In the continuing serial on the General Motors ignition switch recall, there is a new actor in the play: Delphi Automotive. As the supplier of the ignition switches, Delphi has managed to avoid the consternation in the media that GM has received.
But now congressional investigators have met with officials from Delphi, who claim that “GM accepted the switches now under recall despite knowing they did not meet the company’s specifications.” They say GM signed off on a “Production Part Approval Process” document in 2002 even though the sample switch didn’t meet GM’s specifications. The Detroit Free Press is reporting that the admission is raising questions why GM and federal regulators waited so long to act on this problem.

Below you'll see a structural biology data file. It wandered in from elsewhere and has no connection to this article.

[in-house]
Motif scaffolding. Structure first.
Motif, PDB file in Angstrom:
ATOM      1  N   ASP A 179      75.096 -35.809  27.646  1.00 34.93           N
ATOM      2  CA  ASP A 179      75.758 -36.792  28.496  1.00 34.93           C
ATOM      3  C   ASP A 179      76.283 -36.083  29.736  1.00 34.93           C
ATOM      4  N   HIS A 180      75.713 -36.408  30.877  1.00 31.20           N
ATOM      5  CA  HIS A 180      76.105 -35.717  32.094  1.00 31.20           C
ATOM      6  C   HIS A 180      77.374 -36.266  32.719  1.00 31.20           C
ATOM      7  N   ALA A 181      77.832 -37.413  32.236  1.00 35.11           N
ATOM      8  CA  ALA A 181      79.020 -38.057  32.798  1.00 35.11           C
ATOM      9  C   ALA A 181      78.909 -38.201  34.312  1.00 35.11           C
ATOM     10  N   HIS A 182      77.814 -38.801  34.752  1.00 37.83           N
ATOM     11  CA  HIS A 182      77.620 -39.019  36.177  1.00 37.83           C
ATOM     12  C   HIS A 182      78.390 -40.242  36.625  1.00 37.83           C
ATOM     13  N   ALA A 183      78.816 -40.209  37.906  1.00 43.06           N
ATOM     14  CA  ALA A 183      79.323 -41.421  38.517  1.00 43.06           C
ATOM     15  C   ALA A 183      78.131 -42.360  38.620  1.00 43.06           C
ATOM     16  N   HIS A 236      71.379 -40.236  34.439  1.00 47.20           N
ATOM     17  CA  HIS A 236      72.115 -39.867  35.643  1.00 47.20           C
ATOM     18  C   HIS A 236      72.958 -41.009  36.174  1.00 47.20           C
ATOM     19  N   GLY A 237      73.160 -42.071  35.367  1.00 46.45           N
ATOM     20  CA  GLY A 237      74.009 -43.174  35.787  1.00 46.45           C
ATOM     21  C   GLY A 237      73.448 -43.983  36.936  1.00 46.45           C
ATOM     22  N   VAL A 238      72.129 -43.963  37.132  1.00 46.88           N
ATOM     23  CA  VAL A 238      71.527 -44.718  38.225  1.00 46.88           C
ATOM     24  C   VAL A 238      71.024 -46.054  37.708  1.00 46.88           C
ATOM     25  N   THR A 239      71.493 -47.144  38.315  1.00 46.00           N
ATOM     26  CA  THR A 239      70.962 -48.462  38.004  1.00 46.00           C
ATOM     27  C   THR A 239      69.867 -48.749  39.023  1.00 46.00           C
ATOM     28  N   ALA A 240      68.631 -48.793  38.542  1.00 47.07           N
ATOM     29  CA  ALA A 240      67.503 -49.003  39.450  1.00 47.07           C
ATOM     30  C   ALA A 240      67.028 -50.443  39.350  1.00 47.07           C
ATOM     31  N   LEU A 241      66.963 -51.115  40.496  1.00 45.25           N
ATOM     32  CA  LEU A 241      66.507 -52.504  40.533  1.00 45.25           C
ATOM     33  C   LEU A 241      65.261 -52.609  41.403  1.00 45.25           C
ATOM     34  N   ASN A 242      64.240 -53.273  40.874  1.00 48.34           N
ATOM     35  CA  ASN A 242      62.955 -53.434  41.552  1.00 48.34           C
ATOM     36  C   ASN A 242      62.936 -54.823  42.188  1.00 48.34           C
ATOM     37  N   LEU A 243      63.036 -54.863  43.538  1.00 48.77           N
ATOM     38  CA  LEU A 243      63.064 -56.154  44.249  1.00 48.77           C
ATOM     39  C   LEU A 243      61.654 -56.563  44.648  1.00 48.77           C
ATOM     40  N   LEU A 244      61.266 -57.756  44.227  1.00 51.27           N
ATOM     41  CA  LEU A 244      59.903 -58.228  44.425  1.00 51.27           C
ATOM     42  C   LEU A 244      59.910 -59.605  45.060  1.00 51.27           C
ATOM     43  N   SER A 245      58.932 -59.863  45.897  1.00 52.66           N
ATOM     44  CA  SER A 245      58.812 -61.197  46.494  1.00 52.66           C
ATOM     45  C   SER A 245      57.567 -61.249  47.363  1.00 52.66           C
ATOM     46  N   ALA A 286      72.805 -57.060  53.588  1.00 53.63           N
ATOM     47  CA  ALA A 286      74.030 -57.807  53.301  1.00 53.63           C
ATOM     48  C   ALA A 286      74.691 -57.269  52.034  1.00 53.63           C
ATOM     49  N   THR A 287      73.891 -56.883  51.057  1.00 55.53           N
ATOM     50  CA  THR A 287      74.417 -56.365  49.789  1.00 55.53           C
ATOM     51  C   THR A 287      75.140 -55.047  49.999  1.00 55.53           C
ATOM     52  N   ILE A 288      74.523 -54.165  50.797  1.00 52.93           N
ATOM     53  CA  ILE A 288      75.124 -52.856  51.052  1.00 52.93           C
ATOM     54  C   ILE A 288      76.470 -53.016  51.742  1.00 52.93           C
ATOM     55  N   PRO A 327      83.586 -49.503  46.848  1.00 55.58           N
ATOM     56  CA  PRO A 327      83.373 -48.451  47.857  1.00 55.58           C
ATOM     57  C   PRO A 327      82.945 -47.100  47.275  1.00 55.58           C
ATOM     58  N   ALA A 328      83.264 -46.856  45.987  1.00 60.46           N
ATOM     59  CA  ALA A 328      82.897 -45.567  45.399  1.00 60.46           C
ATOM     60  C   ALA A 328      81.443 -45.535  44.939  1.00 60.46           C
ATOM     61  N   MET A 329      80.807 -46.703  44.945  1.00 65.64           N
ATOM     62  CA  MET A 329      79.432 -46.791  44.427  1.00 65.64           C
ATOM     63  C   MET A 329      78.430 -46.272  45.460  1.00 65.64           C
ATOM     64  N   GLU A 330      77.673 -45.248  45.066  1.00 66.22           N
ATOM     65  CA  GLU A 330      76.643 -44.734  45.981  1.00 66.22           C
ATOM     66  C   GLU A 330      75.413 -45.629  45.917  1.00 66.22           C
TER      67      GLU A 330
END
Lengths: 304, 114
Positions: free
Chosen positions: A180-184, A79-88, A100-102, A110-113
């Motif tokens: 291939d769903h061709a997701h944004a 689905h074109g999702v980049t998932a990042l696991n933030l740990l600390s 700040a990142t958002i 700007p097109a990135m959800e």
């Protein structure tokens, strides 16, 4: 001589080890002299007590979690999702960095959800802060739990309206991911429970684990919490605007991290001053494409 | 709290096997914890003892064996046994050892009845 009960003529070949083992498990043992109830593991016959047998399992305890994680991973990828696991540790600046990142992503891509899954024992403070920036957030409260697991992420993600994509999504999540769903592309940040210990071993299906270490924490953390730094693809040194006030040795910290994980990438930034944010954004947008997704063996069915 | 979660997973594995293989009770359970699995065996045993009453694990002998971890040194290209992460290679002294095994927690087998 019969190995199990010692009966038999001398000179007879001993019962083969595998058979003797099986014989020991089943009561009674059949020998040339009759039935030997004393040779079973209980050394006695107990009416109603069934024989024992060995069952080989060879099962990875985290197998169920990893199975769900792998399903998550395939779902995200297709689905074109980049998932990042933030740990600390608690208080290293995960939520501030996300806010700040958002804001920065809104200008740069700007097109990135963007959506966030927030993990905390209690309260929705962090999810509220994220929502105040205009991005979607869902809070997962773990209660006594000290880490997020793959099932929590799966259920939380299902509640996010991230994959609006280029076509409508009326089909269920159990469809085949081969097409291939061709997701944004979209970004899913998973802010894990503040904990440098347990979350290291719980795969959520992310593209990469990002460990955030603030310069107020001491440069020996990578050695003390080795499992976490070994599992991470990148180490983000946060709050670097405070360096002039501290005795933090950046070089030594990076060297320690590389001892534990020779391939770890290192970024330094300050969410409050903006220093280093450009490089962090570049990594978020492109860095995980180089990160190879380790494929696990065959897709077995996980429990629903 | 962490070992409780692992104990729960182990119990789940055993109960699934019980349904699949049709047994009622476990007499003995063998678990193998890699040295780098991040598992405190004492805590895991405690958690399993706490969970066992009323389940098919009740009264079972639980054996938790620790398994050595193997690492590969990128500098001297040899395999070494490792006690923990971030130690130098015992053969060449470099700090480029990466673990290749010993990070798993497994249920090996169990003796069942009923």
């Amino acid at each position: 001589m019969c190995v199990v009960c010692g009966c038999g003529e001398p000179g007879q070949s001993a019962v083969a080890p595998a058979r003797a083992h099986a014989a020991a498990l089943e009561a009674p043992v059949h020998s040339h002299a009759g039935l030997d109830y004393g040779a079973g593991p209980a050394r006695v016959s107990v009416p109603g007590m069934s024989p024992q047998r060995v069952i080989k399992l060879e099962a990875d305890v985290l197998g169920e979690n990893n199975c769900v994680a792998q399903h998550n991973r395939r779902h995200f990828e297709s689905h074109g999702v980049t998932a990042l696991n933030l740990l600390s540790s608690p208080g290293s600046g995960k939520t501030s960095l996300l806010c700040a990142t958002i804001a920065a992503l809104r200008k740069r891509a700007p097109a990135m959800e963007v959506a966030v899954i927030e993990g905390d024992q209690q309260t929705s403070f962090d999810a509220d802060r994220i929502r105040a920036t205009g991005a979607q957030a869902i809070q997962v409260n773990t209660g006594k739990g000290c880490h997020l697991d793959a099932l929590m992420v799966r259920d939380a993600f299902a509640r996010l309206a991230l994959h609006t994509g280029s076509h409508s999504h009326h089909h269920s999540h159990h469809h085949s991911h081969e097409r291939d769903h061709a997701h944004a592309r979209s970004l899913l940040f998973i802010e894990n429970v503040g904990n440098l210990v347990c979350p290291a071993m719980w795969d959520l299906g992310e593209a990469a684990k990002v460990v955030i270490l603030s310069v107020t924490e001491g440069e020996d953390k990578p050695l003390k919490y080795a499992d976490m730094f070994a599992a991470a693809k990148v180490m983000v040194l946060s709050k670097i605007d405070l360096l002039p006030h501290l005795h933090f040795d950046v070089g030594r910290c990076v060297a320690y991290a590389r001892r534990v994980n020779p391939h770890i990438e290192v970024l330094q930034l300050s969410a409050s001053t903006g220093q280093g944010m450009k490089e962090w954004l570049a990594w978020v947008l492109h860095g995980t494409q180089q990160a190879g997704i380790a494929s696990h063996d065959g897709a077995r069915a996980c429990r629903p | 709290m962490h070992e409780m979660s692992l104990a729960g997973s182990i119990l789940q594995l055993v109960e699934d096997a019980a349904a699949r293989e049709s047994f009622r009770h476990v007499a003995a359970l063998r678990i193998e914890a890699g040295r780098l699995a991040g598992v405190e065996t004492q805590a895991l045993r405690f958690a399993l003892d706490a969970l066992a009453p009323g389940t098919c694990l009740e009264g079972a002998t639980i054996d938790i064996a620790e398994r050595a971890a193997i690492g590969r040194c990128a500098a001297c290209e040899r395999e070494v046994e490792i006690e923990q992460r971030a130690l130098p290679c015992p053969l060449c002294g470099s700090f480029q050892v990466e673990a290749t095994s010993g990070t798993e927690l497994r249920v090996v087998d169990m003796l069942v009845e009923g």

This memo from investigators for the House Energy and Commerce Committee, which includes the Oversights and Investigations sub-committee, comes as General Motors CEO Mary Barra prepares to testify before Congress tomorrow in Washington. Greg Martin, a spokesman for GM, said the company is cooperating fully with congressional investigators to ensure they have a “full understanding” of GM’s decisions.
The committee has collected more than a quarter of a million pages of documents from General Motors, the National Highway Traffic Safety Administration (NHTSA), and Delphi and Continential, the two suppliers who manufactured the ignition switch and air bag sensors, respectively.
U.S. Rep. Tim Murphy (R-Pa.), who chairs the Oversight and Investigations Subcommittee, said the information collected through documents and briefings “paints an unsettling picture,” despite NHTSA earlier determining there was no trend with accidents involving the affected cars and deciding against more scrutiny. David Friedman, NHTSA’s acting administrator, also will be questioned this week by Congress about the recall and why it took so long.